Take the Quiz
Supplier BulletinDec 01, 2022
Take Your Jewelry Design Process Digital with the GIA Alumni Collective™

Sponsored by GIA Alumni Collective™

WatchesDec 01, 2022
Rolex to Certify Pre-Owned Watches

Retailers within its official distribution network will be able to sell the authenticated timepieces.

Brought to you by
Diamond Shoppers’ 2022 Holiday Wish List

Give your customers the best diamond buying experience this holiday season.

CollectionsDec 01, 2022
Kendra Scott’s New Collection is for Barbie Girls

The capsule collection combines the brand’s classic styles with Barbie’s signature pink color.

AuctionsDec 01, 2022
13-Carat Pink Diamond Withdrawn From Christie’s Auction

The auction house is not offering any details on why the fancy vivid pink stone was pulled from its upcoming “Magnificent Jewels” sale.

SourcingDec 01, 2022
Nomad’s Is Selling Its Stones to Raise Money for Ukraine Again

In the spirit of an advent calendar, “Gems to Help Ukraine” will sell a stone a day through Dec. 24 on the Nomad’s Instagram account.

GradingDec 01, 2022
PhotoScribe Granted Patent for Method that Verifies a Stone’s Identification

The secure mark combines an overt mark with a covert data set to provide assurance on a gem.

WatchesNov 30, 2022
Watchfinder & Co. Will Launch a Marketplace Next Year

It will provide a place for select luxury watch retailers to sell their stock.

MajorsNov 30, 2022
Pomellato Buys Into Italian Goldsmith

The brand has purchased a minority stake in Costanzo & Rizzetto.

SourcingNov 30, 2022
Firestone Restarts Operations of Lesotho Diamond Mine

Liqhobong has been in a care-and-maintenance period since the start of the pandemic.

MajorsNov 29, 2022
LVMH Acquires Jewelry Manufacturer Pedemonte Group

The strategic acquisition will bolster the luxury titan’s production capacity in its watch and jewelry division.

CollectionsNov 29, 2022
Alex and Ani Founder Carolyn Rafaelian Has Launched a Fine Jewelry Line

The new brand, Metal Alchemist, focuses on unisex, classic jewelry designs.

IndependentsNov 29, 2022
Reinhold Jewelers’ Holiday Book Is an Ode to an Important Beverage

The 2022 edition of the retailer’s annual publication pays homage to the coffee farms and shops of Puerto Rico.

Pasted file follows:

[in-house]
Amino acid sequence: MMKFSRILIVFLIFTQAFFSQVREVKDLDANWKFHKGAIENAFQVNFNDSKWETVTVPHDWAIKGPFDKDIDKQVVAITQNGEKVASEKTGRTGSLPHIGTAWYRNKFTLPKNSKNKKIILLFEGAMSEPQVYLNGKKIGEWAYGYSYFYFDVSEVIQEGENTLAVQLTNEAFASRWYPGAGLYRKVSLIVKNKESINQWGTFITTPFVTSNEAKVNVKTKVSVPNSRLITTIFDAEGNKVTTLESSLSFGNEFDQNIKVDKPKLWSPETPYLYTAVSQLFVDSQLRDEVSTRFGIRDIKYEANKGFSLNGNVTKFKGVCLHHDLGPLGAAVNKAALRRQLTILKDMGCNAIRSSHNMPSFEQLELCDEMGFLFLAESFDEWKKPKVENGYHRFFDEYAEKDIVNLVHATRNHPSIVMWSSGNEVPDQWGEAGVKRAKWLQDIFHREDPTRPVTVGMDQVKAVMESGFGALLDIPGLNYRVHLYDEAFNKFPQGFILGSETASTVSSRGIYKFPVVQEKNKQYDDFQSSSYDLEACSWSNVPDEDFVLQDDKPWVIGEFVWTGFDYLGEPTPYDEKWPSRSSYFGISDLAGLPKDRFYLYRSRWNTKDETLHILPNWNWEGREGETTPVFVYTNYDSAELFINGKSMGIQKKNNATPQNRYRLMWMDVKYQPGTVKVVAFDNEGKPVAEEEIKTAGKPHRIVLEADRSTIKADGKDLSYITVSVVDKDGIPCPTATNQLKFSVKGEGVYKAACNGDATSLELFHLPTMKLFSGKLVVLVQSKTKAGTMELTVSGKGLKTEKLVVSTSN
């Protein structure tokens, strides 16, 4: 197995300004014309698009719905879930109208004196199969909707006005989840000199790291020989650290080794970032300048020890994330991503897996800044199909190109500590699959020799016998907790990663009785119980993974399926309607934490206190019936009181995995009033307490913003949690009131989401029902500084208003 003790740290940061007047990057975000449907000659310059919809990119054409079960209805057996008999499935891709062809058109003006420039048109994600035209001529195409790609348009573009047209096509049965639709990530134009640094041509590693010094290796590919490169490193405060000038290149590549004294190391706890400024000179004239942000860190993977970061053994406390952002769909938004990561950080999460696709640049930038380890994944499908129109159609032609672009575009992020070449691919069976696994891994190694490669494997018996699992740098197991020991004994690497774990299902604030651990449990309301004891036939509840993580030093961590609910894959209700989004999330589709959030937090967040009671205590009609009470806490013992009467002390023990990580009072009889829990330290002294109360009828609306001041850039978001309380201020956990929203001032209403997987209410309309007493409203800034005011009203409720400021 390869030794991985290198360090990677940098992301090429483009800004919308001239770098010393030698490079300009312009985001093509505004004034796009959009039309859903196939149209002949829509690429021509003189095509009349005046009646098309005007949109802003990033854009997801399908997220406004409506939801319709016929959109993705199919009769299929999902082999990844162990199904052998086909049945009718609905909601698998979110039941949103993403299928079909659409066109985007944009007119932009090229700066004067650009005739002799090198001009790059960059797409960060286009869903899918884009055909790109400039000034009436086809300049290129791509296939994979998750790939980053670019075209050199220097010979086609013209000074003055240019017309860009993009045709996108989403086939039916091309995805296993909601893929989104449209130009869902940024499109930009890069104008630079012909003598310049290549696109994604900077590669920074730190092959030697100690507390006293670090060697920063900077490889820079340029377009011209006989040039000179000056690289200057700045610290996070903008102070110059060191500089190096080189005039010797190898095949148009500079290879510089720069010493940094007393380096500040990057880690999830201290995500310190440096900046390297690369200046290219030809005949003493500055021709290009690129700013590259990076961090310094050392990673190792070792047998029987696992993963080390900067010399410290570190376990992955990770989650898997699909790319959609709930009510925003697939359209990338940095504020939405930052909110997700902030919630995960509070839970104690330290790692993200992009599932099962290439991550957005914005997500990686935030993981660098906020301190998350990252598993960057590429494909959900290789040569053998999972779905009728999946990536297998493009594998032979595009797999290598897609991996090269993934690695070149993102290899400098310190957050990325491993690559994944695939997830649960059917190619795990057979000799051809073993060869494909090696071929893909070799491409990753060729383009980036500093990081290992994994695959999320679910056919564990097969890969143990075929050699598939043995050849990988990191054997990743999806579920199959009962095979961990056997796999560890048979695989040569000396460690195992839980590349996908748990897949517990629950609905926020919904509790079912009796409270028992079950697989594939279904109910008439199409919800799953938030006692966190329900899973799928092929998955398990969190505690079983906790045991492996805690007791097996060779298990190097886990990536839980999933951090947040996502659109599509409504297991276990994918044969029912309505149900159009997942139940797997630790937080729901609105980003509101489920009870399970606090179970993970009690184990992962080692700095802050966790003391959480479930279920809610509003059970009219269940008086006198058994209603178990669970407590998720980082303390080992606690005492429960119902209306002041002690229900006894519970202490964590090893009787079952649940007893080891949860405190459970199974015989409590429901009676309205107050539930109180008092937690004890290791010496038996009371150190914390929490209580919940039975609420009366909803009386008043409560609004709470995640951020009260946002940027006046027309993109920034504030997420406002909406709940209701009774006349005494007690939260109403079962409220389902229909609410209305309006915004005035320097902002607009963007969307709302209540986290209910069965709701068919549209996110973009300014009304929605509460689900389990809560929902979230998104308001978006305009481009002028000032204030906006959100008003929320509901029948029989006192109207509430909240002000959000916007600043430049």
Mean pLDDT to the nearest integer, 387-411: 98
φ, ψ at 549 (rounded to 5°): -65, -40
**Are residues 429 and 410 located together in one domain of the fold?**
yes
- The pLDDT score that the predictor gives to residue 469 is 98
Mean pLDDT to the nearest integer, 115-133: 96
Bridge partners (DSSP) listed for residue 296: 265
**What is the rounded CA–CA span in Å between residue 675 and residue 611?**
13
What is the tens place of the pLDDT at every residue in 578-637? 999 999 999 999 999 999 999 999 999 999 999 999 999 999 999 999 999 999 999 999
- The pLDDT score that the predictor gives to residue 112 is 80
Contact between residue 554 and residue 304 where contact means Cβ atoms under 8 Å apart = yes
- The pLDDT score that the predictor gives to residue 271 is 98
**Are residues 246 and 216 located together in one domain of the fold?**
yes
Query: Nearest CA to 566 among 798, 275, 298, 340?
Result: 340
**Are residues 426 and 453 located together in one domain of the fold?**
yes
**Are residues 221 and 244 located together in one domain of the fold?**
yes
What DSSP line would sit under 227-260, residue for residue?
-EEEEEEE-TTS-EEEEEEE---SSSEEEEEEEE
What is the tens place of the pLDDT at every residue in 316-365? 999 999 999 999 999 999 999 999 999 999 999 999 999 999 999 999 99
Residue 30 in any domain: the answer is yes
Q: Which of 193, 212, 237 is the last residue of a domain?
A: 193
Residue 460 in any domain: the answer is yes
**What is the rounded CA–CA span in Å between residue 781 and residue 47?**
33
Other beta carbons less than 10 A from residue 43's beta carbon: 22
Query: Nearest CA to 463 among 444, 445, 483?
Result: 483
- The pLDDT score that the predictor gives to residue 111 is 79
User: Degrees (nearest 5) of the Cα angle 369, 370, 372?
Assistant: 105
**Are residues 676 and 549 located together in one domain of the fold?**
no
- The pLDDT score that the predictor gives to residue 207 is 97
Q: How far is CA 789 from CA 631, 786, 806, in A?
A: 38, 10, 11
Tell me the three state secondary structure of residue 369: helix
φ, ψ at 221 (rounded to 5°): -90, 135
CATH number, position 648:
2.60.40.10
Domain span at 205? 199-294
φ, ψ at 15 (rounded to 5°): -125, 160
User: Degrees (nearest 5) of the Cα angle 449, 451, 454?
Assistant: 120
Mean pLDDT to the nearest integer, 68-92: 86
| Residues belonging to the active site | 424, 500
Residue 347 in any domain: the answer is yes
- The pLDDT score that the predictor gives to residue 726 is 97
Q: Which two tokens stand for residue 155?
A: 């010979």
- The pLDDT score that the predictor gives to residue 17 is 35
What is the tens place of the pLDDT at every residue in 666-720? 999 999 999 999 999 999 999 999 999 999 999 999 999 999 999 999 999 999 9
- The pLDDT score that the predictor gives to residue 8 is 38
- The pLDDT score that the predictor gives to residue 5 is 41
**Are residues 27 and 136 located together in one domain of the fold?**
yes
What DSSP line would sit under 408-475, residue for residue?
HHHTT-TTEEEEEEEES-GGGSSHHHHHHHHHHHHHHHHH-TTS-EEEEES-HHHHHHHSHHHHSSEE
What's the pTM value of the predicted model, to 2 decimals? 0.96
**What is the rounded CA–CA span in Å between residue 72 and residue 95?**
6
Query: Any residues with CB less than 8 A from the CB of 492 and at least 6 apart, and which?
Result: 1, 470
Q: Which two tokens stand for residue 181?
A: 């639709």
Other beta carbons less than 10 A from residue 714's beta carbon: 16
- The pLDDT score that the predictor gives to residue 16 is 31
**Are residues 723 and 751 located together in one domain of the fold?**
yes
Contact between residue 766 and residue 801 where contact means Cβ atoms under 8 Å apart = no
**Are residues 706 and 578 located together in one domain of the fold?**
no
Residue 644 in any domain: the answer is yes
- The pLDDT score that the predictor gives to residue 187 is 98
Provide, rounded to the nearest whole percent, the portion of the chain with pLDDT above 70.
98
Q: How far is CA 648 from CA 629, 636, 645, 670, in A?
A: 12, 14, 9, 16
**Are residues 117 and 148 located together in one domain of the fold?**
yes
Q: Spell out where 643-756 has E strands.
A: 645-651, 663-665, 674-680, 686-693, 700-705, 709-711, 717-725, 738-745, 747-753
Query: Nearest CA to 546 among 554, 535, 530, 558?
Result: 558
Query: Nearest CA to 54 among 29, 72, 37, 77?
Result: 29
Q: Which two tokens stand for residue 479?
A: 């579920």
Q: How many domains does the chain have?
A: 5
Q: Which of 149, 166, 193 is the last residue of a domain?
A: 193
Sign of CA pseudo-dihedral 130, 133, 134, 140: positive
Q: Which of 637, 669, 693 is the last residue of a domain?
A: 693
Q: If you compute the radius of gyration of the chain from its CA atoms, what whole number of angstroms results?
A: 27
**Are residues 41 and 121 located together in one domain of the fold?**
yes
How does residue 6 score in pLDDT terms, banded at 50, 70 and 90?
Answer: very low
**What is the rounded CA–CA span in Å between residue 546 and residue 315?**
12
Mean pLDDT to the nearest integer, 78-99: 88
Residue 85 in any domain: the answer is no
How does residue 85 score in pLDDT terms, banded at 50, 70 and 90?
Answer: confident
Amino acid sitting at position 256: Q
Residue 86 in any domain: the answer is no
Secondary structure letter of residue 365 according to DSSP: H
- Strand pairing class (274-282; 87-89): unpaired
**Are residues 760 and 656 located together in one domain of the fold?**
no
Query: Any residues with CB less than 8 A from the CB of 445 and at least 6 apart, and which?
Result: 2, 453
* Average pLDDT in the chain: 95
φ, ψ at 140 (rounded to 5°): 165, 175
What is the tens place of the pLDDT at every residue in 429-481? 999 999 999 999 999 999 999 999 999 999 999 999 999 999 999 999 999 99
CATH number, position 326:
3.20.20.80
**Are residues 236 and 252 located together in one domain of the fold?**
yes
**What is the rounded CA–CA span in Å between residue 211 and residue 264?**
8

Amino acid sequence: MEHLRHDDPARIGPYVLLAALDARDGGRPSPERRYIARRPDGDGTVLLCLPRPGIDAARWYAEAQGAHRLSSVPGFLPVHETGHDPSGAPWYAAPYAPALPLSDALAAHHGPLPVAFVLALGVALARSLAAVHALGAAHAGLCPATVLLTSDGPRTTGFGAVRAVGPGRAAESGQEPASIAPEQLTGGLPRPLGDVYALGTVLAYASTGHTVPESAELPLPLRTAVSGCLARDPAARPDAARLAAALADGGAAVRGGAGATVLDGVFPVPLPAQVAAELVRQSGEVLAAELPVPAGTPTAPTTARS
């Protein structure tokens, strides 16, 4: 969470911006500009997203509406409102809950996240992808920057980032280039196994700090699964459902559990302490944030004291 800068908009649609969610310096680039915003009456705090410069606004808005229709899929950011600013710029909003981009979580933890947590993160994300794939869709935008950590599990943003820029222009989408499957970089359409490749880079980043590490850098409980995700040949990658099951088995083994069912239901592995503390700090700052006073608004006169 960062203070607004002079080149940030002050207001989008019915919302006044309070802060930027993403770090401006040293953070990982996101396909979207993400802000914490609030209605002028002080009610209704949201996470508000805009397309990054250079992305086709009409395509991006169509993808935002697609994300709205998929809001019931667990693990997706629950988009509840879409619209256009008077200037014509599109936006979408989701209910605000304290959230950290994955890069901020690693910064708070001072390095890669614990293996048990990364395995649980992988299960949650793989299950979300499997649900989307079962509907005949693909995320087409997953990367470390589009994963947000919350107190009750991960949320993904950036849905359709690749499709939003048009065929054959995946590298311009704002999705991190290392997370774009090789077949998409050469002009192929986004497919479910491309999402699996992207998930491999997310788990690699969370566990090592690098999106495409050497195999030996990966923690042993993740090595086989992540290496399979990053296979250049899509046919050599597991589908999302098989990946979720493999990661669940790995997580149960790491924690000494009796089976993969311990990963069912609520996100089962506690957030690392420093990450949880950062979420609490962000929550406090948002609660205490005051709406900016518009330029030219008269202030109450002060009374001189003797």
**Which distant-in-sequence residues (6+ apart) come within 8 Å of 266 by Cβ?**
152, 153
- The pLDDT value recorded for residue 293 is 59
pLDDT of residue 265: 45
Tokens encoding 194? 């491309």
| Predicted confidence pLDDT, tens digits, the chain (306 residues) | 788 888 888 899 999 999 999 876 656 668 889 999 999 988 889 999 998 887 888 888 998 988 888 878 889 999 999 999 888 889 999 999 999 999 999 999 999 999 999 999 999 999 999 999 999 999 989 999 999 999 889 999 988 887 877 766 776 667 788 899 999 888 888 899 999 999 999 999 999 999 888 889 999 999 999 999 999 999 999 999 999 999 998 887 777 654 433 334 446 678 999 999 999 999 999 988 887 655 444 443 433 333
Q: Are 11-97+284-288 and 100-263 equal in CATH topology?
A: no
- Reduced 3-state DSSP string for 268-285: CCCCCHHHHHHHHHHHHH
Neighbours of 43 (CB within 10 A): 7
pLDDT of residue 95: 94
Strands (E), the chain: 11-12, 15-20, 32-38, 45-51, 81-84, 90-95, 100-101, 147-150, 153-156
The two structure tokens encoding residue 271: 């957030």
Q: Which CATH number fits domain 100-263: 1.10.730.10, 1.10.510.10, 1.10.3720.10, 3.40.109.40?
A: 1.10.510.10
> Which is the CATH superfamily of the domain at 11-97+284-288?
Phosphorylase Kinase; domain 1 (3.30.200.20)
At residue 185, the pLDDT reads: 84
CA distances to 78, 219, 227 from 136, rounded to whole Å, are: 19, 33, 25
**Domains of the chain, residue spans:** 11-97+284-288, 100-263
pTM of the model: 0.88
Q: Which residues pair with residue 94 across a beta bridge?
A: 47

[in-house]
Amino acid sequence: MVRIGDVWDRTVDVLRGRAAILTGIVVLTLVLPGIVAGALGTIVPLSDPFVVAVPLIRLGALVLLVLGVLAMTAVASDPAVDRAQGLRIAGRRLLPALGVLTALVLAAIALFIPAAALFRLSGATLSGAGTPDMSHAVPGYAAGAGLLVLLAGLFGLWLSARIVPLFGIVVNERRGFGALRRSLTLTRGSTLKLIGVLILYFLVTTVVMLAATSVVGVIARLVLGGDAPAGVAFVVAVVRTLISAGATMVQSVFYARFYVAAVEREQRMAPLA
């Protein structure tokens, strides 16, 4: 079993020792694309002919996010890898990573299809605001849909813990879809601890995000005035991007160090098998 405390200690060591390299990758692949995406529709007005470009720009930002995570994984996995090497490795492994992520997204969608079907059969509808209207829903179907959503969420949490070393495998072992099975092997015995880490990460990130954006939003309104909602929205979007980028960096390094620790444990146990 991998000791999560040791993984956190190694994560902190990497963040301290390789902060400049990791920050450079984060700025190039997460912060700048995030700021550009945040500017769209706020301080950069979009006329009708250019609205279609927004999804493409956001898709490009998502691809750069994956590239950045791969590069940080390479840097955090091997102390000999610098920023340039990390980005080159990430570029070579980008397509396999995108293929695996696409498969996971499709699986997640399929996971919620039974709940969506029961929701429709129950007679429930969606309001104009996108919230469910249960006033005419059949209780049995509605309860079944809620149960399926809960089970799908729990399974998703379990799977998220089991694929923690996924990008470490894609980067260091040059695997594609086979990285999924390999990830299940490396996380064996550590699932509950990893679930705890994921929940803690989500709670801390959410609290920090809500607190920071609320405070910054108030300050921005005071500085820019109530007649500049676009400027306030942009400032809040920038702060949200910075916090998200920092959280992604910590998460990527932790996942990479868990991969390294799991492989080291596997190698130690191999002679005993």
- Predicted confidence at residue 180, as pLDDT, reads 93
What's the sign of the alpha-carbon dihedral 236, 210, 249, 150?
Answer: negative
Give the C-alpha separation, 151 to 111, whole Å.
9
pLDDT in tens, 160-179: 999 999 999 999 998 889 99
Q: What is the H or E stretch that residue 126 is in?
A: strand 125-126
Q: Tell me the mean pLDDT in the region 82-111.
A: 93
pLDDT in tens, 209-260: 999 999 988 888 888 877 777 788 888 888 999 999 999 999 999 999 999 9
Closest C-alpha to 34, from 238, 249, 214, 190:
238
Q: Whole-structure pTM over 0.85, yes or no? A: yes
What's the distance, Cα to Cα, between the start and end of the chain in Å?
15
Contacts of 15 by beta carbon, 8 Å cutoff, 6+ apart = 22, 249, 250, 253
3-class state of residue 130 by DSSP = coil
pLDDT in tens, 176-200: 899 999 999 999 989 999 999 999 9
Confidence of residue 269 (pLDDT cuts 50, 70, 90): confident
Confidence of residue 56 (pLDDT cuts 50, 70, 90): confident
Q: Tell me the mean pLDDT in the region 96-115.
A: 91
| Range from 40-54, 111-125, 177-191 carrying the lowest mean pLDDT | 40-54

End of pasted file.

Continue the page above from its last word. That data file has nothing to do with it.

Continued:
CollectionsNov 29, 2022
Gabriel & Co.’s ‘Fashion Book’ Is Out

Not a catalog, the magazine is a tool for Gabriel & Co. retailers to connect with their customers.

MajorsNov 29, 2022
Claire’s to Open Shop-in-Shops in Select U.S. Macy’s Stores

The partnership brings Claire’s jewelry and accessories to 20 Macy’s locations in time for the holiday season.

MajorsNov 28, 2022
Pomellato’s New Videos Raise Awareness of Violence Against Women

Starring CEO Sabina Belli and other celebrities, the videos emphasize the importance of supporting women who have experienced abuse.

IndependentsNov 28, 2022
Bert Kalisher, an Industry Veteran Who Loved Making Connections, Dies at 97

Kalisher started out manufacturing watch bands and later got into publishing, authoring two books and serving as publisher of Chronos.

Events & AwardsNov 28, 2022
Registration Is Open for AGA’s Annual Tucson Conference

Scheduled for Feb. 1, the event will feature six gemological education presentations and three hands-on sessions.

MajorsNov 28, 2022
The Kingswood Co. Is One of U.S.’s Fastest-Growing Companies Again

The jewelry cleaner manufacturer jumped up to No. 3066 on the Inc. 5000 list.

AuctionsNov 23, 2022
This Sapphire Tiara Once Owned by a Danish Princess Is Going to Auction

The Dec. 1 jewelry sale at Bonhams-owned Bruun Rasmussen will have several other pieces of royal jewelry on the block.

FinancialsNov 23, 2022
Movado Lowers Guidance Amid ‘Uncertain’ Retail Environment

Its Q3 sales dipped as inflation took its toll on shoppers in the U.S. and Europe.

MajorsNov 23, 2022
De Beers Jewellers Is Popping Up in Connecticut

The temporary store is the result of a collaboration with Betteridge.


This site uses cookies to give you the best online experience. By continuing to use & browse this site, we assume you agree to our Privacy Policy